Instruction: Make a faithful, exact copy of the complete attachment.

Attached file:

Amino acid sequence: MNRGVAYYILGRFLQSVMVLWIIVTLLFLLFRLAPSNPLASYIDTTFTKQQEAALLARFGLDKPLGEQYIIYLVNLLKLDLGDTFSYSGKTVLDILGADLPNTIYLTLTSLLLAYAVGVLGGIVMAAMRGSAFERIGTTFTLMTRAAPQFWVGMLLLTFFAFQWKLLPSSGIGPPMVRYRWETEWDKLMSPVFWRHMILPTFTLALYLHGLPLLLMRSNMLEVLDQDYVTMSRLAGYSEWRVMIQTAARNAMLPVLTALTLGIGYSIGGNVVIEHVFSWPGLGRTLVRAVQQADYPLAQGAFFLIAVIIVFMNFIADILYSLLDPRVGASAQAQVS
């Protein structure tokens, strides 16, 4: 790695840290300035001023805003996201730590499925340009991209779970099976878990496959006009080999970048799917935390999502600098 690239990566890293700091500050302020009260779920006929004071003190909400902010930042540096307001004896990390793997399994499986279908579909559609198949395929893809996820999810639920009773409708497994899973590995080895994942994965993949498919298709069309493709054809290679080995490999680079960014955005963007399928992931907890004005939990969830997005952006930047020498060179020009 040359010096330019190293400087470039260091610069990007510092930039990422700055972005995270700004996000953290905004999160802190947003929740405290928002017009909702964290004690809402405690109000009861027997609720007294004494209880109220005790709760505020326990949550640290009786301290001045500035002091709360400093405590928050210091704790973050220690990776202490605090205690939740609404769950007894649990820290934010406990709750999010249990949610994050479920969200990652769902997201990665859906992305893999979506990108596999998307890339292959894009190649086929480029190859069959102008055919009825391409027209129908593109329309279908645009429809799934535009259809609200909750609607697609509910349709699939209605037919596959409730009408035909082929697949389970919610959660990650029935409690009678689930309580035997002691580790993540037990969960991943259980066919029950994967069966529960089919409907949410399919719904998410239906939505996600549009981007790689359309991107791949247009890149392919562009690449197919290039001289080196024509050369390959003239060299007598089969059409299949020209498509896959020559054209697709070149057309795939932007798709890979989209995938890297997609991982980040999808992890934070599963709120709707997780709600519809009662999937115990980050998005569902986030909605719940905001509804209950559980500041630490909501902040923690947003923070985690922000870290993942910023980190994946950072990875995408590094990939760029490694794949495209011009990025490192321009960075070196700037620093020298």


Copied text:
Amino acid sequence: MNRGVAYYILGRFLQSVMVLWIIVTLLFLLFRLAPSNPLASYIDTTFTKQQEAALLARFGLDKPLGEQYIIYLVNLLKLDLGDTFSYSGKTVLDILGADLPNTIYLTLTSLLLAYAVGVLGGIVMAAMRGSAFERIGTTFTLMTRAAPQFWVGMLLLTFFAFQWKLLPSSGIGPPMVRYRWETEWDKLMSPVFWRHMILPTFTLALYLHGLPLLLMRSNMLEVLDQDYVTMSRLAGYSEWRVMIQTAARNAMLPVLTALTLGIGYSIGGNVVIEHVFSWPGLGRTLVRAVQQADYPLAQGAFFLIAVIIVFMNFIADILYSLLDPRVGASAQAQVS
């Protein structure tokens, strides 16, 4: 790695840290300035001023805003996201730590499925340009991209779970099976878990496959006009080999970048799917935390999502600098 690239990566890293700091500050302020009260779920006929004071003190909400902010930042540096307001004896990390793997399994499986279908579909559609198949395929893809996820999810639920009773409708497994899973590995080895994942994965993949498919298709069309493709054809290679080995490999680079960014955005963007399928992931907890004005939990969830997005952006930047020498060179020009 040359010096330019190293400087470039260091610069990007510092930039990422700055972005995270700004996000953290905004999160802190947003929740405290928002017009909702964290004690809402405690109000009861027997609720007294004494209880109220005790709760505020326990949550640290009786301290001045500035002091709360400093405590928050210091704790973050220690990776202490605090205690939740609404769950007894649990820290934010406990709750999010249990949610994050479920969200990652769902997201990665859906992305893999979506990108596999998307890339292959894009190649086929480029190859069959102008055919009825391409027209129908593109329309279908645009429809799934535009259809609200909750609607697609509910349709699939209605037919596959409730009408035909082929697949389970919610959660990650029935409690009678689930309580035997002691580790993540037990969960991943259980066919029950994967069966529960089919409907949410399919719904998410239906939505996600549009981007790689359309991107791949247009890149392919562009690449197919290039001289080196024509050369390959003239060299007598089969059409299949020209498509896959020559054209697709070149057309795939932007798709890979989209995938890297997609991982980040999808992890934070599963709120709707997780709600519809009662999937115990980050998005569902986030909605719940905001509804209950559980500041630490909501902040923690947003923070985690922000870290993942910023980190994946950072990875995408590094990939760029490694794949495209011009990025490192321009960075070196700037620093020298």